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In April of 1969, a patient by the name of Haskell Karp was in desperate need of a new heart. Karp, who was suffering from severe heart failure, had undergone a surgery to attempt to repair his damaged heart, but the surgery had failed, leaving Karp in critical condition. The surgical team, led by Dr Denton A Cooley, knew Karp was unlikely to survive long enough for a donor heart to become available, so they decided to take a chance on an experimental device in hopes that it would keep their patient alive.
The experimental device, an 8 oz plastic pump named the Liotta-Cooley heart for its inventor Domingo Liotta and Dr Cooley, had yet to be tested on a human patient. But Dr Cooley’s gamble turned out to be a success. After being implanted during a 3 hour long surgery on April 4th, the device was able to keep Karp alive for 3 days until a donor heart became available for transplant.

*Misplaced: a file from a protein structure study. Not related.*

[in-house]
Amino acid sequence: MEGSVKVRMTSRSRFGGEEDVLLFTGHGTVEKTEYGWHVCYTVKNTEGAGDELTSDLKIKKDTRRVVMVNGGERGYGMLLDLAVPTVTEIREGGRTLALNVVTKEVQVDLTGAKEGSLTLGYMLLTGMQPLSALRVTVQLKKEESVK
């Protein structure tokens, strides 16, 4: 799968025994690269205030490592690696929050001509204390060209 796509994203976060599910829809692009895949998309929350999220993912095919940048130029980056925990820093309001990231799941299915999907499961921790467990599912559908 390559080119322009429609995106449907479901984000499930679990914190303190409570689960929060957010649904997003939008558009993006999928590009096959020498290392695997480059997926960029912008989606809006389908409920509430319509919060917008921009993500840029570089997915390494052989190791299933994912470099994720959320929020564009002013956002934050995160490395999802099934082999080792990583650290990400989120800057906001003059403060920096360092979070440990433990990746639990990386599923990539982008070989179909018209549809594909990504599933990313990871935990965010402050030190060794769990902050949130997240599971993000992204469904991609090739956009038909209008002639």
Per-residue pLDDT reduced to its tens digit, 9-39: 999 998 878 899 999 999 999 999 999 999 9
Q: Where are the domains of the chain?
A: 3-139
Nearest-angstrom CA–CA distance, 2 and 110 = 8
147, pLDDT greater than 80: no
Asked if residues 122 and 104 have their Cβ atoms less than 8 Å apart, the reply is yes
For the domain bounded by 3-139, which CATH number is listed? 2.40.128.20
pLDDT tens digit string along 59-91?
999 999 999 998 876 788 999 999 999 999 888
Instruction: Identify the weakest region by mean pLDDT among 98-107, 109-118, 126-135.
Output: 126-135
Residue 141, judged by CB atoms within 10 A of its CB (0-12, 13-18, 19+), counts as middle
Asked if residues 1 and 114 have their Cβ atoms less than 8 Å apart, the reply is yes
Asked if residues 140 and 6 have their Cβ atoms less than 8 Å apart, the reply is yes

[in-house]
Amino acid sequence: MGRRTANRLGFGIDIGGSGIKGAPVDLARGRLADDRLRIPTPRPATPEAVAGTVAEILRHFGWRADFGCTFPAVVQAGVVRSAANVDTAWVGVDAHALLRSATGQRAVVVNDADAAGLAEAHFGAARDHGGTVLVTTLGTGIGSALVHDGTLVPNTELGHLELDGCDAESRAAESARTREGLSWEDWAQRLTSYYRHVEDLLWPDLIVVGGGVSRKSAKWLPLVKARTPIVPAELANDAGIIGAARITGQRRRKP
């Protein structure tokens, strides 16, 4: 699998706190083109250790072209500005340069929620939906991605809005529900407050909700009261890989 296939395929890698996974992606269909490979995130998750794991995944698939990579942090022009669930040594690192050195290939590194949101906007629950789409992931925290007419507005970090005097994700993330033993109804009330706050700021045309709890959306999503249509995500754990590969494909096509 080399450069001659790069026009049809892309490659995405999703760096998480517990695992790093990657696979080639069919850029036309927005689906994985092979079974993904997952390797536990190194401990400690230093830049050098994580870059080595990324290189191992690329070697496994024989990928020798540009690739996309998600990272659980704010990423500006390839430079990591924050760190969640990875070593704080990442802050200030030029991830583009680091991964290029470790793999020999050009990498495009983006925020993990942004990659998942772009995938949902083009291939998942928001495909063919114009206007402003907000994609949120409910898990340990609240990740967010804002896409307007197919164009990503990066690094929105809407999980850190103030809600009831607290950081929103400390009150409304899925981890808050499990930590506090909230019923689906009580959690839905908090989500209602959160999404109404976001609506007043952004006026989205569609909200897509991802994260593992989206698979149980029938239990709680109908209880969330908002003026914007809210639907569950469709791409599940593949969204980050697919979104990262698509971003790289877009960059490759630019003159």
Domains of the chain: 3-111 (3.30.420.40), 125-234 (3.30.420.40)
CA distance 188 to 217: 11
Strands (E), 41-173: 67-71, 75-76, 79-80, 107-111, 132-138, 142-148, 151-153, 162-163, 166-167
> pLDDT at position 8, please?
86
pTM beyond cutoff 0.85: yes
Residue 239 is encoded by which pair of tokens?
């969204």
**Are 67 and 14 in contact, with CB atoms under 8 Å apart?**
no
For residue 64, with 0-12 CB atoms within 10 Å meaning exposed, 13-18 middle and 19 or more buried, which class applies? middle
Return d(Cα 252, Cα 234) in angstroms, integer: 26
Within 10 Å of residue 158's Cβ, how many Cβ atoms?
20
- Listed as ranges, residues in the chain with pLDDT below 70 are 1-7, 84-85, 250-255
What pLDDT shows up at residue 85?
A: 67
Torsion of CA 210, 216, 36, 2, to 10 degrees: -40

The success of this experimental device paved the way for artificial hearts to be used temporarily to keep patients in need of a transplant alive while they await suitable donor organs. And much progress has been made with these devices in the decades since the Liotta-Cooley heart was first introduced. Modern artificial hearts are now portable and can sustain a patient for prolonged periods of time, such as the recent case of Stan Larkin, who survived for a year without a functioning heart thanks to an artificial one that was carried in a backpack. There have also been even more recent breakthroughs that indicate a permanent, fully implanted artificial heart may be on the horizon, which could help decrease the need for patients waiting for a donor heart.